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CITY OF ELK CITY, Appellant v. Bobby TAYLOR, Appellee.
ORDER DISMISSING APPEAL
¶ 1 Appellant, the City of Elk City, has filed this appeal from a judgment of the District Court of Beckham County, Case Number CV-2005-56. This case originated in the City of Elk City Municipal Court, a court not of record.1 Appellee Taylor was cited with six (6) counts of violating the city ordinance prohibiting inoperative or junk vehicles from being kept closer than 50 feet to any street in the City of Elk City. The municipal court found Taylor guilty in all six (6) counts. Taylor appealed the decision to the District Court of Beckham County. After a trial de novo, the District Court affirmed the municipal court's decision in Counts 6 and 7, but reversed the finding of guilt in Counts 1, 2, 4, and 5, and dismissed those charges. Appellant now appeals the decision of the District Court as to Counts 1, 2, 4, and 5 and seeks to reinstate the decision of the municipal court as to those counts.
¶ 2 This appeal was originally filed with the Oklahoma State Supreme Court. On October 17, 2006, the case was transferred to this Court and became at issue on February 9, 2007. Our review of the record showed this case did not meet the statutory requirements for appeals by the state or a municipality. Therefore, we directed Appellant to file a response and show cause both as to its right of appeal and why this case should not be dismissed.
¶ 3 In a timely filed response, Appellant states that although Appellee Taylor initially appealed to the criminal court in Beckham County, the District Court determined the matter should have been filed as a civil case, and in compliance with those instructions, the matter proceeded as a civil case until the Oklahoma Supreme Court transferred it to this Court, effectively converting it to a criminal status.
¶ 4 Appellant argues that the appeal should not be dismissed for two reasons: 1) the civil rules applicable in the lower court should remain applicable, and have been complied with, on appeal; and 2) even if criminal procedural rules are applied to this appeal from a civil action, those rules have been sufficiently satisfied in this appeal. Appellant further argues that the “unique procedural posture” of this case renders it a “special proceeding” to which civil procedural rules may be applied despite its being technically categorized as a criminal matter. Appellant also suggests that perhaps another transfer is warranted to permit the Oklahoma Supreme Court to consider the civil constitutional preemption issues raised herein.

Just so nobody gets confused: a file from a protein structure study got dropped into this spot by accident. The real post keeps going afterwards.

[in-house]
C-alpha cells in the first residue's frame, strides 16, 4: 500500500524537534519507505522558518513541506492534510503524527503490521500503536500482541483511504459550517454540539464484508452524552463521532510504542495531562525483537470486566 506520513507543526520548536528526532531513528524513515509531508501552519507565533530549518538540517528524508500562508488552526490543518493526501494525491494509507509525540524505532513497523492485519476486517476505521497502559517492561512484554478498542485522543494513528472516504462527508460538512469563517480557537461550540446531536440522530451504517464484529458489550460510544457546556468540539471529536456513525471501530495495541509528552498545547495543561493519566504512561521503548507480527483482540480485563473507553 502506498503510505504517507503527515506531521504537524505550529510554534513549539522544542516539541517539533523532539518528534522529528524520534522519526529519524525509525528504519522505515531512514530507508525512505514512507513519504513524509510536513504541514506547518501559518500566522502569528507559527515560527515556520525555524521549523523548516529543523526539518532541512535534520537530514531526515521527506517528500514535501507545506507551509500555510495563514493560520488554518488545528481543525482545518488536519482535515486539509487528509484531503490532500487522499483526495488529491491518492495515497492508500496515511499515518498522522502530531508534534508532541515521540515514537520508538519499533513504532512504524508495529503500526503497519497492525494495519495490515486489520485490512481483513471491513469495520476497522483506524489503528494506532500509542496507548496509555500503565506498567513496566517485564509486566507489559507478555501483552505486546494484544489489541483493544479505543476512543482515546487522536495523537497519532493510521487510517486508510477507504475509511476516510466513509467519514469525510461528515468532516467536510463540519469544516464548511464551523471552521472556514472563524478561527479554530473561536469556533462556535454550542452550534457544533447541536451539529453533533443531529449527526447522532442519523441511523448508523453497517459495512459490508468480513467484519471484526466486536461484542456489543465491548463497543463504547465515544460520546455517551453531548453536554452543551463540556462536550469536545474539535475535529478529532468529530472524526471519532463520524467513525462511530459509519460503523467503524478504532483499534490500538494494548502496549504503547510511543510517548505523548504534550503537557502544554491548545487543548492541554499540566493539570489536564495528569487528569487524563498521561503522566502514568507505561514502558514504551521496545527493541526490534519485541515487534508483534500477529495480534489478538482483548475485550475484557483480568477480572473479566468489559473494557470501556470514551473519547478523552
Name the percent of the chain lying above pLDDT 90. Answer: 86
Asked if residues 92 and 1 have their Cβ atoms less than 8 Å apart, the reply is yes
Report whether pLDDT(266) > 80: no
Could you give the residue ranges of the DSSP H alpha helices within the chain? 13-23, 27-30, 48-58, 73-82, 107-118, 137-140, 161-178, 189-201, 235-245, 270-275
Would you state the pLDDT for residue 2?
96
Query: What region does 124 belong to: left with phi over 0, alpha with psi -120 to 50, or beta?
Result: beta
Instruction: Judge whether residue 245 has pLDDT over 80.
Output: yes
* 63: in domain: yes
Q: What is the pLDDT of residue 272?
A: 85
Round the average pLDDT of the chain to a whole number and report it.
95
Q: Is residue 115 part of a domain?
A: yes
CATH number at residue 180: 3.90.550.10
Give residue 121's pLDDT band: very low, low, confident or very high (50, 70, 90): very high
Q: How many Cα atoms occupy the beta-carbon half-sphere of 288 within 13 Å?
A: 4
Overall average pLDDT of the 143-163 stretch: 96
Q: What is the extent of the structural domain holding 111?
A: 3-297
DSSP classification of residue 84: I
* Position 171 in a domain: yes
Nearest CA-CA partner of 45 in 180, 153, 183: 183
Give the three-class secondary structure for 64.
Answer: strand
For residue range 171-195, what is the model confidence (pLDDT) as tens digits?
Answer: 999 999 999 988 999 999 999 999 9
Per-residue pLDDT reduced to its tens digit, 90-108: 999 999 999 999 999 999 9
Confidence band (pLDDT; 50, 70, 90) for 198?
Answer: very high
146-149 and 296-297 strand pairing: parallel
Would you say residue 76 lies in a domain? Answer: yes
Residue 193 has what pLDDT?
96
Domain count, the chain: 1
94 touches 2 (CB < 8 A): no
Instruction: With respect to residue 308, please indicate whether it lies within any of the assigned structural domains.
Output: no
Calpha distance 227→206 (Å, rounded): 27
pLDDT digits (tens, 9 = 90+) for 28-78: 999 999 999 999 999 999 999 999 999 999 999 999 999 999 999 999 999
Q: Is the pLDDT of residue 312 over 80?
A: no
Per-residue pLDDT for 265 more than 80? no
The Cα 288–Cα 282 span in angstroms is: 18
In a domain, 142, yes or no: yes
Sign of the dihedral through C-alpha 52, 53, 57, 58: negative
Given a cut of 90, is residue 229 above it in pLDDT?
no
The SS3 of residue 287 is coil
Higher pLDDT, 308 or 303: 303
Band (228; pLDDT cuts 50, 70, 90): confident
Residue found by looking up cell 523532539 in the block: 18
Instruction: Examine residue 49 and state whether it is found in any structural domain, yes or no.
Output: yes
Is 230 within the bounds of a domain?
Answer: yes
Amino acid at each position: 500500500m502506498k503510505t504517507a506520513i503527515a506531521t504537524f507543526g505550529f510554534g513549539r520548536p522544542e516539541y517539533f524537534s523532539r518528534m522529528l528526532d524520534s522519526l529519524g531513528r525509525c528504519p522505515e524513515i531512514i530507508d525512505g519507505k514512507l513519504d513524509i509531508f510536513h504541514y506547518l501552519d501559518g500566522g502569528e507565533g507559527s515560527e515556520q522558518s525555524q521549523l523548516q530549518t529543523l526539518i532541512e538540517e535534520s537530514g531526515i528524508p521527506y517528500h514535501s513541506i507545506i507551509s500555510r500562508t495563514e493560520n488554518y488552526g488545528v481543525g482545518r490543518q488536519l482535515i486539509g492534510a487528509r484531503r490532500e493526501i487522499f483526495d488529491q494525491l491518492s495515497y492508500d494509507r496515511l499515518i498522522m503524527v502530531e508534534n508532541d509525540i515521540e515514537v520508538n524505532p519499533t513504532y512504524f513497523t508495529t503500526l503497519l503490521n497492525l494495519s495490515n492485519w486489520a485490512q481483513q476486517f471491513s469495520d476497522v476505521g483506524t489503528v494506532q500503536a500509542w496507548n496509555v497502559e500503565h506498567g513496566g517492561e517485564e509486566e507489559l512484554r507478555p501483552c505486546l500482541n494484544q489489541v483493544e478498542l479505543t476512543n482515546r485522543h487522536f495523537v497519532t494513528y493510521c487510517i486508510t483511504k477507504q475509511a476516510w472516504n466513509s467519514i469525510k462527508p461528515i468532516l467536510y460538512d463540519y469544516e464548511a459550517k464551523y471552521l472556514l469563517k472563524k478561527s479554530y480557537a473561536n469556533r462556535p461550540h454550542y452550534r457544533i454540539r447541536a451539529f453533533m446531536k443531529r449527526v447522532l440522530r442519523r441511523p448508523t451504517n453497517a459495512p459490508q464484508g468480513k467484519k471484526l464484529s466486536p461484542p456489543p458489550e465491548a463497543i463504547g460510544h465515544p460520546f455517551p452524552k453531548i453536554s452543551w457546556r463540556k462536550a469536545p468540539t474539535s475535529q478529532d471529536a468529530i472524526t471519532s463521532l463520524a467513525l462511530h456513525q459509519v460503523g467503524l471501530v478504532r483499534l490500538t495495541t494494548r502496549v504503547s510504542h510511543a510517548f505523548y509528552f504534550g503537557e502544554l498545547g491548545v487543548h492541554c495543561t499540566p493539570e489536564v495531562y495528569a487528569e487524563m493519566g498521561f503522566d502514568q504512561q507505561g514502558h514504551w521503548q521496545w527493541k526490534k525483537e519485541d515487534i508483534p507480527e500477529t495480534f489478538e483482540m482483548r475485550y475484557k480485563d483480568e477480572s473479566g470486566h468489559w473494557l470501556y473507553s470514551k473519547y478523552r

¶ 5 In a response to Appellant's response, Appellee Taylor asserts that despite Appellant's attempts to characterize the matter as a civil claim, it is a criminal matter, having originated at the municipal level. Taylor argues the case should be dismissed as Appellant did not properly comply with 22 O.S.2001, § 1053, requirements for appeals by the state.
¶ 6 This Court can only address a case in the posture in which it comes to us. The present case comes to this Court, via the Oklahoma Supreme Court, as an appeal from a judgment of the district court on a trial de novo of a case appealed from a municipal court not of record for the violation of a city ordinance.
¶ 7 The right to an appeal is a statutory right and exists only when expressly authorized. White v. Coleman, 1970 OK CR 133, ¶ 11, 475 P.2d 404, 406. Title 22 O.S.Supp.2002, § 1053 limits appeals to this Court by the state or a municipality to the following instances, “and no other”: 1) upon judgment for the defendant on quashing or setting aside an indictment or information; 2) upon an order of the court arresting the judgment; 3) upon a question reserved by the state or a municipality; 4) upon judgment for the defendant on a motion to quash for insufficient evidence in a felony matter; and 5) upon a pretrial order, decision, or judgment suppressing or excluding evidence where appellate review of the issue would be in the best interests of justice.
¶ 8 Under § 1053.1, an appeal may be taken by the state when a district court in a criminal action has declared a state statute unconstitutional. That appeal is taken by the district attorney upon a reserved question of law. Rule 6.1, Rules of the Oklahoma Court of Criminal Appeals, Title 22, Ch.18, App. (2006), provides for an appeal by the state from an adverse ruling of a magistrate pursuant to 22 O.S.2001, § 1089.1 et seq. In support of his argument that this case is a civil matter and not a criminal action, Appellant admits, and we agree, that neither §§ 1053, 1053.1 or Section VI of this Court's rules apply in this case.2 See also City of Tulsa v. King, 1978 OK CR 23, ¶ 4, 574 P.2d 1088, 1089, citing Oklahoma City v. Tucker, 11 Okl. Cr. 266, 145 P. 757 (1915) (§ 1053 does not permit an appeal by a municipality). However, revisions to Section 1053 now allow a municipality to appeal pursuant to that section.